obtained by minimizing

L

F = ^ [Uhic, - Co) -f n^h.c:} (7)



ESTIMATION OP OCEAN SHRIMP ABUNDANCE



265



+ A



2 W,



( nh L



MhiiMhi - nihi)



nihi



Q 2



+ Sbh'



V



where X is a Lagrange multiplier and V is the fixed variance.

To determine the allocation with the first-stage sample proportional
to the stratum size and with the second-stage sample size a constant, we
let A^i = Uh/Wh and fcz = nihi in (7). Then solve dF/dki = 0,dF/dk2 = 0,
(3), and (4) for ki and k^. This procedure yields



k. =



N







L








(c


1


c-^ 2


W,E{Ah


■'S,k


^')




L










C2


2


Wn[S,n'


- E{Mn


iSllr,


')]



(8)



and



A-i = y I 2 W,[S,h' - EiMHiSvn') + E{I\h^Sui')/k,] } . (9)

The allocation with proportional sampling at both stages is found by
letting /ci = Hh/WhSindko = 7H/,//il//,, in (7) and (4). Solving 3F/3A-1 = 0,
dF/dk. = 0, and (3) gives



k2 =



A



(ci - c^) 2 WnEiMmS^H^)
h=i



L L

c, 2 WhMh. 2 W,[S,>r- - E{M,,Svu') ]



(10)



A=l



h=l



and



'^1 — "p"



1 - ko



2 W,E(MniS,Hr) + 2 W.Stk'



h=l



h=l



(11)



When no restrictions are placed on first-stage sampling and the second-
stage sample size is constant within strata, let A'o;, = mi,i in (7) and solve
dF/drig = 0, dF/dk^g = 0, and (3) to obtain sample sizes for the gih.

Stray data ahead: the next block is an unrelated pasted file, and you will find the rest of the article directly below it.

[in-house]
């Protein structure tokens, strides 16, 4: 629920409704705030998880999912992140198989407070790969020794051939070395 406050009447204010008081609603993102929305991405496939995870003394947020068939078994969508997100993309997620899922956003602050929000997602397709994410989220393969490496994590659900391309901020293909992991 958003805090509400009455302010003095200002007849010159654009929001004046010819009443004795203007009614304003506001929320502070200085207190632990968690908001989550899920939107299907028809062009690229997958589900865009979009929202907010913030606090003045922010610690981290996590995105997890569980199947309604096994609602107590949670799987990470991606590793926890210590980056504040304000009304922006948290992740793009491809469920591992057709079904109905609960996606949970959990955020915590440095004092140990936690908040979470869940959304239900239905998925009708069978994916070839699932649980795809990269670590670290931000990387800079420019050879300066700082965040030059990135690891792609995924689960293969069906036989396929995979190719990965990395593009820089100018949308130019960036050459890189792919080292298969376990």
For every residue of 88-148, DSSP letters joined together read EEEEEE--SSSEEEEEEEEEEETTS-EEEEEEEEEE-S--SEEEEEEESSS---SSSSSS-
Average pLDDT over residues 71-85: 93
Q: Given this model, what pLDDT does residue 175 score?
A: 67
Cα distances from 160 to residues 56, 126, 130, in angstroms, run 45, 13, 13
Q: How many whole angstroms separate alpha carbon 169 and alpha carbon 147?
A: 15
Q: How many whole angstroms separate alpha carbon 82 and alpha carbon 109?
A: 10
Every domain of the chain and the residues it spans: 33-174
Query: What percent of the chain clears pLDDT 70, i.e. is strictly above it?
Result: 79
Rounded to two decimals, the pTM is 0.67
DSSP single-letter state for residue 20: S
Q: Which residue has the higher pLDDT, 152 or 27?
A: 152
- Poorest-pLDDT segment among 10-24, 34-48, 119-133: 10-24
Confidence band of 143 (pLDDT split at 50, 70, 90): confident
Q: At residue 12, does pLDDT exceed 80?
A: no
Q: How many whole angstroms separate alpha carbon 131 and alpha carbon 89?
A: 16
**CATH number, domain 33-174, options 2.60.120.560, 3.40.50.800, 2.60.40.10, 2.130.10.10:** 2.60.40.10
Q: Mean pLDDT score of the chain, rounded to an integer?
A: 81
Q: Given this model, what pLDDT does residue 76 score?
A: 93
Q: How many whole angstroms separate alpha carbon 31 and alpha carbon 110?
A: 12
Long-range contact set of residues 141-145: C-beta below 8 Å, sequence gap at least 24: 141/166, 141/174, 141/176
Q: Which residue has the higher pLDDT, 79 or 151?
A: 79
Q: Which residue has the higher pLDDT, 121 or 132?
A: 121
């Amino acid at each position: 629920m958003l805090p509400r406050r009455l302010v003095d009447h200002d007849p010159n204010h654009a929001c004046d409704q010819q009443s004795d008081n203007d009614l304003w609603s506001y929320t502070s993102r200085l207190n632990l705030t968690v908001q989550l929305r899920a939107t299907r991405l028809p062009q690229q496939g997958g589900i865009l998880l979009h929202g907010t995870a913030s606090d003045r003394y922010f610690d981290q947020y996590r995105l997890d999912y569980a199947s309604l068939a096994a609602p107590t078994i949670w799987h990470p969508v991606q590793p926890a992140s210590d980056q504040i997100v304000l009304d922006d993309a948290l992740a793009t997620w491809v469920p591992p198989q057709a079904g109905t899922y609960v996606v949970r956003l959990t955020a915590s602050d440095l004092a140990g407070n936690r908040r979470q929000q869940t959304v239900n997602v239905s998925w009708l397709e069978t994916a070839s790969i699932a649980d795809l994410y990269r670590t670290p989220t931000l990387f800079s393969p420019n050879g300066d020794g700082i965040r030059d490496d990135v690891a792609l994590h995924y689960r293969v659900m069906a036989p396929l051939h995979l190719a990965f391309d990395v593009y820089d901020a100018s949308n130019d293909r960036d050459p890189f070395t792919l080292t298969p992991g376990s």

stratum. The solutions are



^"20 —



(Cl - C,)E{M„,'S^gi')
C2[Sf>g' - E{M„^S,g^)]



(12)



266
and



CALIFORNIA FISH AND GAME



rio



= El / C2H, 2^ hnWnHn



V \/ ci — fo + ^2/1



(13)



■0 h=i



Vl^Ahi'Sy,^)



whoro






- A\J/;,„S,„r)



By ciilculat in;^' what the Fall, 1I»()5 Survey wuukl liax'e cost undrr
each of these three types of allocation for the precision actually ob-
tained, we may compare the relative efSciencies of the samplinf?
schemes. Altliough five quantities were estimated from the survey and
each may be associated witli a different total cost for the attaiiietl ])re-
eision, a cost calculation for tlie number estimates in age groups I
and II should suffice for comparative purposes. Of course, in actual
practice one would try to provide sufficient sampling funds so that the
standard error of tlie estimate with the lowest precision was less than
a predetermined maximum.

The cost formula was evaluated w^ith Ci^ $125.00 and Co = $0.58.
Vessel operation costs and the wages of scientific pei-sonnel on board
tlie ship are included in Ci, while c-2 is the cost of processing one sec-
ond-stage sample ashore. Applying formulas (6) througli (13) to data
from the Fall, 1!)()5 Survey gave total costs and values yielded by A'l